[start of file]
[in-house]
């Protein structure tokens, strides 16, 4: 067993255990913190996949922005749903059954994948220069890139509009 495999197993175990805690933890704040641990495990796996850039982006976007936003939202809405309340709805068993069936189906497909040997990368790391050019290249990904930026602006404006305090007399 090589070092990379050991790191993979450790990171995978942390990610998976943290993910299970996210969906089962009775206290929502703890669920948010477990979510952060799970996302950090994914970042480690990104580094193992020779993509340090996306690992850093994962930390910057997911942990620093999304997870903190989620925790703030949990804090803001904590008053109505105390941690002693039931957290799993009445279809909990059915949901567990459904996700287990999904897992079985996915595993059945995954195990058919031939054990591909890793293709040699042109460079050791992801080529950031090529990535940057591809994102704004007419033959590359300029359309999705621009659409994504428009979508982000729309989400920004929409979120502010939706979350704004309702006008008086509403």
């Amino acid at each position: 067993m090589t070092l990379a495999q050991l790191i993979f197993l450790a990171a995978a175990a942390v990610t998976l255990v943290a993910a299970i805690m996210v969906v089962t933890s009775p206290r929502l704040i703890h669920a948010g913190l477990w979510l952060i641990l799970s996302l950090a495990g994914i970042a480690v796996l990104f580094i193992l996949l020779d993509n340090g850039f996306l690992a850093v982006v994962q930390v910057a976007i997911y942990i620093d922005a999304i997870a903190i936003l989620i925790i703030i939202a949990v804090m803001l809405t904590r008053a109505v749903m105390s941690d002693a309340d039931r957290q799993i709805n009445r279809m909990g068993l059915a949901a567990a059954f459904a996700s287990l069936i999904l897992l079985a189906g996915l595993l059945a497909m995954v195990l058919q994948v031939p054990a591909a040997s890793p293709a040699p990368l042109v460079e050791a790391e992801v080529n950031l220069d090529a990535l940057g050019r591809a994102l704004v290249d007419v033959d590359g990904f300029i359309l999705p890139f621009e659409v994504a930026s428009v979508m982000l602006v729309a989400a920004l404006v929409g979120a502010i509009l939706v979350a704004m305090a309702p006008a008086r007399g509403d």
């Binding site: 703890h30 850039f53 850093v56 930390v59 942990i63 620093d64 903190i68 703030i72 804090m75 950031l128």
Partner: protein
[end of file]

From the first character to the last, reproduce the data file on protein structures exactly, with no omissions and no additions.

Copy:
[in-house]
């Protein structure tokens, strides 16, 4: 067993255990913190996949922005749903059954994948220069890139509009 495999197993175990805690933890704040641990495990796996850039982006976007936003939202809405309340709805068993069936189906497909040997990368790391050019290249990904930026602006404006305090007399 090589070092990379050991790191993979450790990171995978942390990610998976943290993910299970996210969906089962009775206290929502703890669920948010477990979510952060799970996302950090994914970042480690990104580094193992020779993509340090996306690992850093994962930390910057997911942990620093999304997870903190989620925790703030949990804090803001904590008053109505105390941690002693039931957290799993009445279809909990059915949901567990459904996700287990999904897992079985996915595993059945995954195990058919031939054990591909890793293709040699042109460079050791992801080529950031090529990535940057591809994102704004007419033959590359300029359309999705621009659409994504428009979508982000729309989400920004929409979120502010939706979350704004309702006008008086509403």
């Amino acid at each position: 067993m090589t070092l990379a495999q050991l790191i993979f197993l450790a990171a995978a175990a942390v990610t998976l255990v943290a993910a299970i805690m996210v969906v089962t933890s009775p206290r929502l704040i703890h669920a948010g913190l477990w979510l952060i641990l799970s996302l950090a495990g994914i970042a480690v796996l990104f580094i193992l996949l020779d993509n340090g850039f996306l690992a850093v982006v994962q930390v910057a976007i997911y942990i620093d922005a999304i997870a903190i936003l989620i925790i703030i939202a949990v804090m803001l809405t904590r008053a109505v749903m105390s941690d002693a309340d039931r957290q799993i709805n009445r279809m909990g068993l059915a949901a567990a059954f459904a996700s287990l069936i999904l897992l079985a189906g996915l595993l059945a497909m995954v195990l058919q994948v031939p054990a591909a040997s890793p293709a040699p990368l042109v460079e050791a790391e992801v080529n950031l220069d090529a990535l940057g050019r591809a994102l704004v290249d007419v033959d590359g990904f300029i359309l999705p890139f621009e659409v994504a930026s428009v979508m982000l602006v729309a989400a920004l404006v929409g979120a502010i509009l939706v979350a704004m305090a309702p006008a008086r007399g509403d």
């Binding site: 703890h30 850039f53 850093v56 930390v59 942990i63 620093d64 903190i68 703030i72 804090m75 950031l128």
Partner: protein